As for how George was betrayed, there are at least two differing suggestions. On the one hand, George Finlay and William Miller have interpreted this as meaning that he was captured in battle,[11] which has been followed by other historians.[12] On the other hand, Anthony Bryer has published an article in the Byzantinische Zeitschrift arguing that this passage should be interpreted as saying that George was betrayed to Abaqa Khan by his archontes on a mountain near Tabriz, where Abaqa was residing in summer of 1280. Some scholars, such as Michel Kuršanskis, have accepted Bryer's interpretation.[13]

A third researcher, Ahmet Zehiroglu, has suggested George was trapped as a result of the Byzantine conspiracy and taken prisoner along with his mother by Abaqa Khan, on Dersim Mountains and in the summer of 1280.[14]

Bryer further points out that there are signs George never fully assumed the title of Emperor (basileus), where there is evidence that his father Manuel had before him, and his brother John after him. No silver coinage was struck in his name—although a surprisingly large amount (over 200 dies) was struck in his father's; Bryer suggests some of it was issued by George in his father's name. Only one of his copper coin issues does he bear the epithet of "Grand Komnenos", while in another he is described as "Despot" (despotes), a title subsidiary to Emperor. Further, he is the only ruler of Trebizond that Panaretos, in his chronicle, fails to call "Grand Komnenos", and does not refer to his mother Irene Syrikaina as "despoina". "It is possible that Abaga refused to recognize him as Grand Komnenos," Bryer writes, "hence the subsidiary title of Despot on one of his coin types, his failure to coin silver aspers and Panaretos' reticence in according him any title."[15]

Having made his argument, Bryer then speculates on George's last documented years. Bryer points out that it was not an impostor who appeared in Trebizond in 1284, for "it is unlikely that John II would have failed to recognize his half-brother". Instead Bryer suggests that for various reasons Abaga spared George and imprisoned him, and on Abaga's death on 1 April 1282, George was released. Then "he went to his son-in-law Demetrius II of Georgia and from Georgia launched an attack on Trebizond in 1284", only to be rejected by the same people who betrayed him four years earlier.[16]

References

  1. ^ So William Miller identifies her. Trebizond: The last Greek Empire of the Byzantine Era: 1204-1461, 1926 (Chicago: Argonaut, 1969), p. 27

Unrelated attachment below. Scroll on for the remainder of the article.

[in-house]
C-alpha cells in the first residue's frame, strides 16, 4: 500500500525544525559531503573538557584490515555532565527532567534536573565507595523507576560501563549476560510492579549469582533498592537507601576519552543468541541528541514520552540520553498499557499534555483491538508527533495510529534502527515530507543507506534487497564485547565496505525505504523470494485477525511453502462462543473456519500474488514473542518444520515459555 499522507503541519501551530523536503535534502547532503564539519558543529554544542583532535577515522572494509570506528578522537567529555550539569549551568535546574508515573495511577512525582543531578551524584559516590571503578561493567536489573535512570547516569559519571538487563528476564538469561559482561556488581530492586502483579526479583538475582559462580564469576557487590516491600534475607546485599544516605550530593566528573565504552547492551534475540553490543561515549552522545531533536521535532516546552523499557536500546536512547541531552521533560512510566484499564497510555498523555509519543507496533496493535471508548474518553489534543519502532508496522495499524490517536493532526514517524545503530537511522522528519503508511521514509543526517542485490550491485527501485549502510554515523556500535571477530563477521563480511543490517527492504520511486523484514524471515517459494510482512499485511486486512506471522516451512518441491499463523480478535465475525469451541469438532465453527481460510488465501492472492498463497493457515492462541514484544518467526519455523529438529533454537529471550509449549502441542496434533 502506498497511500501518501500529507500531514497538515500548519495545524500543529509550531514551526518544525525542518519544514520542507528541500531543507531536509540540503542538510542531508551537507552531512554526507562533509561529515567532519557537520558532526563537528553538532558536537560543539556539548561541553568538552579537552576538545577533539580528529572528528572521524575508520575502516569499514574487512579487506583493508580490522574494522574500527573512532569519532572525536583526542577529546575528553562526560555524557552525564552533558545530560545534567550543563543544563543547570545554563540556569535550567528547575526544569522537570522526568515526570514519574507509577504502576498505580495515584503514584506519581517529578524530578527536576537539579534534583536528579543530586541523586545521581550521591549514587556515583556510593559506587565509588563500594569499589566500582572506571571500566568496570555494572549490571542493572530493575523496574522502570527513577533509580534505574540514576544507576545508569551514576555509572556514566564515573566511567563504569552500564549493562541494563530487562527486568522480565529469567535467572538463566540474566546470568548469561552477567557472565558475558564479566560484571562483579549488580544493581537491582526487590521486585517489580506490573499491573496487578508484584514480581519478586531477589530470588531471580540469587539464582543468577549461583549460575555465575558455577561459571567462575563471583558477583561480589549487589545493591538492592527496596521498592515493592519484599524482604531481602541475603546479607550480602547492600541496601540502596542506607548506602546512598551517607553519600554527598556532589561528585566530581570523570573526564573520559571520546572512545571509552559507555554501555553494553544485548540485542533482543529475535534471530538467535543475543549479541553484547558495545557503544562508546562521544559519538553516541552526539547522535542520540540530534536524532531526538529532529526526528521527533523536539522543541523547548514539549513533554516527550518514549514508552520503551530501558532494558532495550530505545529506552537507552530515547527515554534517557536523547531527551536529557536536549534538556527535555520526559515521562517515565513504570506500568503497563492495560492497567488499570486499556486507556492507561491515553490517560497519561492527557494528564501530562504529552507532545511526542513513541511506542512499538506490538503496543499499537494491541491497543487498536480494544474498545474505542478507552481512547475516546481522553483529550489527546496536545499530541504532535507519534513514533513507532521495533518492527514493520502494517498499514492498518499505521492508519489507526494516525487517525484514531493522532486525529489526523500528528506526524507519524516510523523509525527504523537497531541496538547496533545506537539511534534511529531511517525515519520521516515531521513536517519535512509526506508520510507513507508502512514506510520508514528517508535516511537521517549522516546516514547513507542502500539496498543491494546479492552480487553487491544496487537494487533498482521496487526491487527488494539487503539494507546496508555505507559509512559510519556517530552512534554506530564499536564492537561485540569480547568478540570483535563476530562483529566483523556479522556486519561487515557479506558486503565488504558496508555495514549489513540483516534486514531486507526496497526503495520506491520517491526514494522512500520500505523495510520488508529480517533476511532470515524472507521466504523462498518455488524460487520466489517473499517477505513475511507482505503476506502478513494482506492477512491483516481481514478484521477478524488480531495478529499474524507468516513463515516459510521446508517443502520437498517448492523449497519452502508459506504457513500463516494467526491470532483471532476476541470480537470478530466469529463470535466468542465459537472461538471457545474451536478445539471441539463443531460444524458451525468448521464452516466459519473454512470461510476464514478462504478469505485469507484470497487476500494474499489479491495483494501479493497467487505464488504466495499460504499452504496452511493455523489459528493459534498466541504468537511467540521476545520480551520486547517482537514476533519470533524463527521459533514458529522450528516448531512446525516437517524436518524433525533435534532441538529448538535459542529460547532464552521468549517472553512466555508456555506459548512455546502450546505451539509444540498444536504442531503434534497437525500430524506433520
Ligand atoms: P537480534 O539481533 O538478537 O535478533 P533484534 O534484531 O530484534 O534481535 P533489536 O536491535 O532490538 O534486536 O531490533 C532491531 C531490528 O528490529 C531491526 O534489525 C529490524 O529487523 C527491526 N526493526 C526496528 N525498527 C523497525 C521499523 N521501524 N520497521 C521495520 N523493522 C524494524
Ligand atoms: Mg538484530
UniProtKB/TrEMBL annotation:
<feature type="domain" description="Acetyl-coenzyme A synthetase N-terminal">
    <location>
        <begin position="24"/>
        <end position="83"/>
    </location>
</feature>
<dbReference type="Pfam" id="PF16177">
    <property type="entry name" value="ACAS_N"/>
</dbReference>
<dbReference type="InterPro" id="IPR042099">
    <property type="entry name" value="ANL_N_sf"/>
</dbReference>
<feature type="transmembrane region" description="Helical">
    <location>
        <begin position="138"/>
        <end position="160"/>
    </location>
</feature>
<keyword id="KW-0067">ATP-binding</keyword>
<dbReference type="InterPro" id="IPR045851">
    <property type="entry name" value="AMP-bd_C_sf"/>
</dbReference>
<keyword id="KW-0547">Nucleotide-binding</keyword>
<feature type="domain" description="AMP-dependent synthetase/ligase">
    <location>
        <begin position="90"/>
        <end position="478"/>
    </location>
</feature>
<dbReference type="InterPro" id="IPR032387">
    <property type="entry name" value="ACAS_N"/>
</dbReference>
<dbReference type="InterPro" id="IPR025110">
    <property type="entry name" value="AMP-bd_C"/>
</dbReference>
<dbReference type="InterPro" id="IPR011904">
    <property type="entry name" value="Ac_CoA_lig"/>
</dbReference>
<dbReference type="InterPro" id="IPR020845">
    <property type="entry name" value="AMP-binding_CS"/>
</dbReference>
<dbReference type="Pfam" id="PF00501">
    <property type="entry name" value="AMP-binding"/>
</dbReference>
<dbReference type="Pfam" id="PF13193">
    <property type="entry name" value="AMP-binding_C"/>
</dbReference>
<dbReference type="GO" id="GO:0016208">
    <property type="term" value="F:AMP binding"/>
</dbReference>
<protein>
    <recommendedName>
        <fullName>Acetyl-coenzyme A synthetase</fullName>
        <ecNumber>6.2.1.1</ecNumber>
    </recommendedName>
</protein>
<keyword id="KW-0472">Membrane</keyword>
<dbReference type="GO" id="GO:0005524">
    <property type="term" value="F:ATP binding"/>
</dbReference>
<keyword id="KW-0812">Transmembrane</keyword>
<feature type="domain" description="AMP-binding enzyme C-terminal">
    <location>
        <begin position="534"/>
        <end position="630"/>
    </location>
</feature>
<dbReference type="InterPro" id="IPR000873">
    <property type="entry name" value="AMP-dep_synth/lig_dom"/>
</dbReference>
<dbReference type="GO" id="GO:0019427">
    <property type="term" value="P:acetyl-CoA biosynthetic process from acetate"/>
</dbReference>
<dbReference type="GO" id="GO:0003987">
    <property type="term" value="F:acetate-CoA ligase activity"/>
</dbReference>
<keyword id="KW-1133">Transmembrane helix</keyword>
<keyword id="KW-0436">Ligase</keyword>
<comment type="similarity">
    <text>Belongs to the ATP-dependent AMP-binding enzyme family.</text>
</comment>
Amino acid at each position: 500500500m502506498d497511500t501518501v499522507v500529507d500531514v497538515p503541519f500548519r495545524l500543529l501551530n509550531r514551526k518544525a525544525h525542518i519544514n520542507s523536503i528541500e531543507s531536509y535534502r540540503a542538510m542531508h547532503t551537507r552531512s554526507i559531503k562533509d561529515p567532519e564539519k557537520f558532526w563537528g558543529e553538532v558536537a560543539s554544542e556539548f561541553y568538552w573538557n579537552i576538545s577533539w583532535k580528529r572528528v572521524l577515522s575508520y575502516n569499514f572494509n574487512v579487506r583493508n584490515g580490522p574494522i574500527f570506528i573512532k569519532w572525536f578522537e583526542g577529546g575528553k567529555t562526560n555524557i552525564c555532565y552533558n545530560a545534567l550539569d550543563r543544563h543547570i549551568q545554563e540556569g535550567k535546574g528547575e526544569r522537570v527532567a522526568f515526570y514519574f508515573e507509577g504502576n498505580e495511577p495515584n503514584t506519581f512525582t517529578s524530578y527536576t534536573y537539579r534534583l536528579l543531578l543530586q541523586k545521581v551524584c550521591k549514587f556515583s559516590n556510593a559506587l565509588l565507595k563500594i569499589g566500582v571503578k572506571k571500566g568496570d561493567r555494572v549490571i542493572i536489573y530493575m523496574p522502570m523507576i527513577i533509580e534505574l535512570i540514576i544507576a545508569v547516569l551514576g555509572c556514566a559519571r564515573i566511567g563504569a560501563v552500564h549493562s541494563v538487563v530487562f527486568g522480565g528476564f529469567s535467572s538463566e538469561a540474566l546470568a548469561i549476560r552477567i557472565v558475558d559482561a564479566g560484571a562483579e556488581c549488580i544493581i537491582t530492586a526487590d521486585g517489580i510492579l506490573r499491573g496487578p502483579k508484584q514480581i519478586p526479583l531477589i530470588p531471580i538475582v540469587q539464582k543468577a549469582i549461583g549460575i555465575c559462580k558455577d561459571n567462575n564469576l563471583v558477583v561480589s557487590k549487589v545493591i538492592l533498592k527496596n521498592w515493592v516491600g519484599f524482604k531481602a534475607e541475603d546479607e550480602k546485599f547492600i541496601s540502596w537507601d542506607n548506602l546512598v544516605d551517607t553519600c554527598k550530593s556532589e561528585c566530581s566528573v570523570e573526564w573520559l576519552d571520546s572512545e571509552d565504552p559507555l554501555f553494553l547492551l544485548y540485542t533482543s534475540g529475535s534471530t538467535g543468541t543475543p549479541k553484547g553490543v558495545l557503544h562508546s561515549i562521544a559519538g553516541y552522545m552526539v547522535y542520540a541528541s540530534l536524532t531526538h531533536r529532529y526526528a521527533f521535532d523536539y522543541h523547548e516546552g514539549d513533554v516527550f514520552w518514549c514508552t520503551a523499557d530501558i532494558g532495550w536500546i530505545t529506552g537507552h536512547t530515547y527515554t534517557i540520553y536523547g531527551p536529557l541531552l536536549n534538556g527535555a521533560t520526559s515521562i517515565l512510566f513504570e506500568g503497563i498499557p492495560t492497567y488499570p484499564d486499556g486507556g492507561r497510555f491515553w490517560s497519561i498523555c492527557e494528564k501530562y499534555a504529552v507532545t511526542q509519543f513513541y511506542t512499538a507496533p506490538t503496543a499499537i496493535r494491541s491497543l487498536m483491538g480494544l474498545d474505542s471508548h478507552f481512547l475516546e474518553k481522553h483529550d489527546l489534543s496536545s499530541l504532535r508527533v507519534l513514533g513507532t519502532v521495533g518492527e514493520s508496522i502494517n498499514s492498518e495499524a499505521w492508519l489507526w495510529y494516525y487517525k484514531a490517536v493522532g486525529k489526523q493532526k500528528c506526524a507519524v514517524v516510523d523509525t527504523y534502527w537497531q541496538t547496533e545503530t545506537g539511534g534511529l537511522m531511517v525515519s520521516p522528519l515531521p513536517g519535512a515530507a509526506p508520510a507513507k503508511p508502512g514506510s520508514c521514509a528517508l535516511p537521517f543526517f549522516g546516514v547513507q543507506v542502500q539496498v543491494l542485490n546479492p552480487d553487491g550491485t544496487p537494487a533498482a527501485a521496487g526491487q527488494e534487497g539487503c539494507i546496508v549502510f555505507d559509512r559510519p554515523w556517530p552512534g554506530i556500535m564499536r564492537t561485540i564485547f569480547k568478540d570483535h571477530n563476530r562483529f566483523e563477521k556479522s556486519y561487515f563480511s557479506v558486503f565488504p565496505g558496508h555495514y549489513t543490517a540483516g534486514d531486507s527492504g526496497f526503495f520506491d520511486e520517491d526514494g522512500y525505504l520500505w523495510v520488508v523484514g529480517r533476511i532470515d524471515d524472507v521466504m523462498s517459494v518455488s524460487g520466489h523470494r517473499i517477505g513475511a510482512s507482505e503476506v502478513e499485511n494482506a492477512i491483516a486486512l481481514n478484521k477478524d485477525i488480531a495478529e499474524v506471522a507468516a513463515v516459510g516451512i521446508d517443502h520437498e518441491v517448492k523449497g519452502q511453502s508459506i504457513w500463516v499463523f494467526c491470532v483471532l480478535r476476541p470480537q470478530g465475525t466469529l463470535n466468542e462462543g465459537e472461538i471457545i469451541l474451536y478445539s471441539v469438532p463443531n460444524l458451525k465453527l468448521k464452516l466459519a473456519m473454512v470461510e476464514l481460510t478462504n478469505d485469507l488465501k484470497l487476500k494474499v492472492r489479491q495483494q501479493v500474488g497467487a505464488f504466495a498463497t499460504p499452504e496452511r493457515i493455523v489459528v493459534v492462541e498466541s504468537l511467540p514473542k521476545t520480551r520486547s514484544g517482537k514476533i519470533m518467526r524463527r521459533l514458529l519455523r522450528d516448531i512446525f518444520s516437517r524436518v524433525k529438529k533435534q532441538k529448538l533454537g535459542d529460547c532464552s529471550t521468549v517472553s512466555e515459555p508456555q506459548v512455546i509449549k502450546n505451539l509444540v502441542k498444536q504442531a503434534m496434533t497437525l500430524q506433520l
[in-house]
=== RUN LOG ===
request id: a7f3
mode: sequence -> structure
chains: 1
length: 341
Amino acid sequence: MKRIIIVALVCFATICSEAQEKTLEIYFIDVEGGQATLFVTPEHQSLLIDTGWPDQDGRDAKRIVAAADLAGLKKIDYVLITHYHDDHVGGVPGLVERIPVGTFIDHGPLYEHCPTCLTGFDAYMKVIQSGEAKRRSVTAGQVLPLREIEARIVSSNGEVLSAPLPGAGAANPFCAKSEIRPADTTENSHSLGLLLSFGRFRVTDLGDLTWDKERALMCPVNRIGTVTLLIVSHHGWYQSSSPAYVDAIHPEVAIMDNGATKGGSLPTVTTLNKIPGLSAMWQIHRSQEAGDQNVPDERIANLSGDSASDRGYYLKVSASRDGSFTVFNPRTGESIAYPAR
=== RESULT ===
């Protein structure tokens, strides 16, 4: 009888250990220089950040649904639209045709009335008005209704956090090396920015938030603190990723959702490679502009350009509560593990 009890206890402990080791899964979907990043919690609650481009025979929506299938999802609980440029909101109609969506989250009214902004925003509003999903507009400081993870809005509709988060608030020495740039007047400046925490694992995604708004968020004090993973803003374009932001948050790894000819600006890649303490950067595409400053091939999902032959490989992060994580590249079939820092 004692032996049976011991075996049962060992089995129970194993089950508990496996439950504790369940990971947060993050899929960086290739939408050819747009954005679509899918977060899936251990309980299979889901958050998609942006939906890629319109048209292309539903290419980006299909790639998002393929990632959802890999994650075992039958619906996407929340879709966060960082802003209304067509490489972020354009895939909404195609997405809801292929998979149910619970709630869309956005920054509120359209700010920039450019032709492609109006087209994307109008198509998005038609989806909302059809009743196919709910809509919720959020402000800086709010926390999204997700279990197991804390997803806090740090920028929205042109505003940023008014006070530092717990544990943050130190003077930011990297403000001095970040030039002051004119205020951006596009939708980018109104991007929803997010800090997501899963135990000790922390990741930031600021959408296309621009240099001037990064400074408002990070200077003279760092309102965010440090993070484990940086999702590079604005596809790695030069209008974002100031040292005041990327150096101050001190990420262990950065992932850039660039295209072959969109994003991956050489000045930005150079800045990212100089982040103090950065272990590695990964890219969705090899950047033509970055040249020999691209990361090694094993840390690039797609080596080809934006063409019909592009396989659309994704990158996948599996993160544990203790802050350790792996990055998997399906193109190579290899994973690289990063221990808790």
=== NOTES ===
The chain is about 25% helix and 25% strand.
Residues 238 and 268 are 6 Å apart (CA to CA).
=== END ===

2. ^ Jackson Williams, Kelsey (2007). "A Genealogy of the Grand Komnenoi of Trebizond". Foundations: The Journal of the Foundation for Mediaeval Genealogy. 2 (3): 175. hdl:10023/8570. ISSN 1479-5078.
  3. ^ Panretos, Chronicle, 5; translated in Scott Kennedy, Two works on Trebizond (Cambridge: Dumbarton Oaks Medieval Library, 2019), p. 5
  4. ^ A. Bryer, "The Fate of George Komnenos, Ruler of Trebizond (1266–1280)," Byzantinische Zeitschrift 66 (1973), pp. 343-345
  5. ^ Panretos, Chronicle, 8; translated in Kennedy, Two Works, p. 7
  6. ^ Kuršanskis, "L'usurpation de Théodora Grande Comnène", Revue des études byzantines, 33 (1975), pp. 199, 206f
  7. ^ Bryer, "The Fate of George Komnenos", p. 342
  8. ^ Bryer, "The Fate of George Komnenos", p. 343
  9. ^ Genealogical table in Bryer, "The Fate of George Komnenos", p.  343. This is based on material taken solely from M. F. Brosset, Historie de la Georgie, depuis l'Antiquite jusqu'au XIXe siecle, I (St. Petersburg, 1849-50), pp.  579-607
  10. ^ Bryer, "The Fate of George Komnenos", pp. 334-340
  11. ^ Finlay, The History of Greece and the Empire of Trebizond, (1204-1461) (Edinburgh: William Blackwood, 1851), p. 341; Miller, Trebizond, p. 27
  12. ^ For example, David Winfield, "A Note on the South-Eastern Borders of the Empire of Trebizond in the Thirteenth Century", Anatolian Studies, 12 (1962), p.  170
  13. ^ Kuršanskis, "L'usurpation", p. 187
  14. ^ Ahmet M. Zehiroglu, "Trabzon Imparatorlugu 2" (Trabzon, 2016) (ISBN 978-605-4567-52-2); p. 77
  15. ^ Bryer, "The Fate of George Komnenos", pp. 347f
  16. ^ Bryer, "The Fate of George Komnenos", p. 350
George, Emperor of Trebizond Komnenid dynastyBorn: c. 1255 Died: unknown Regnal titles Preceded byAndronikos II Emperor of Trebizond 1266–1280 Succeeded byJohn II
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George, Emperor of Trebizond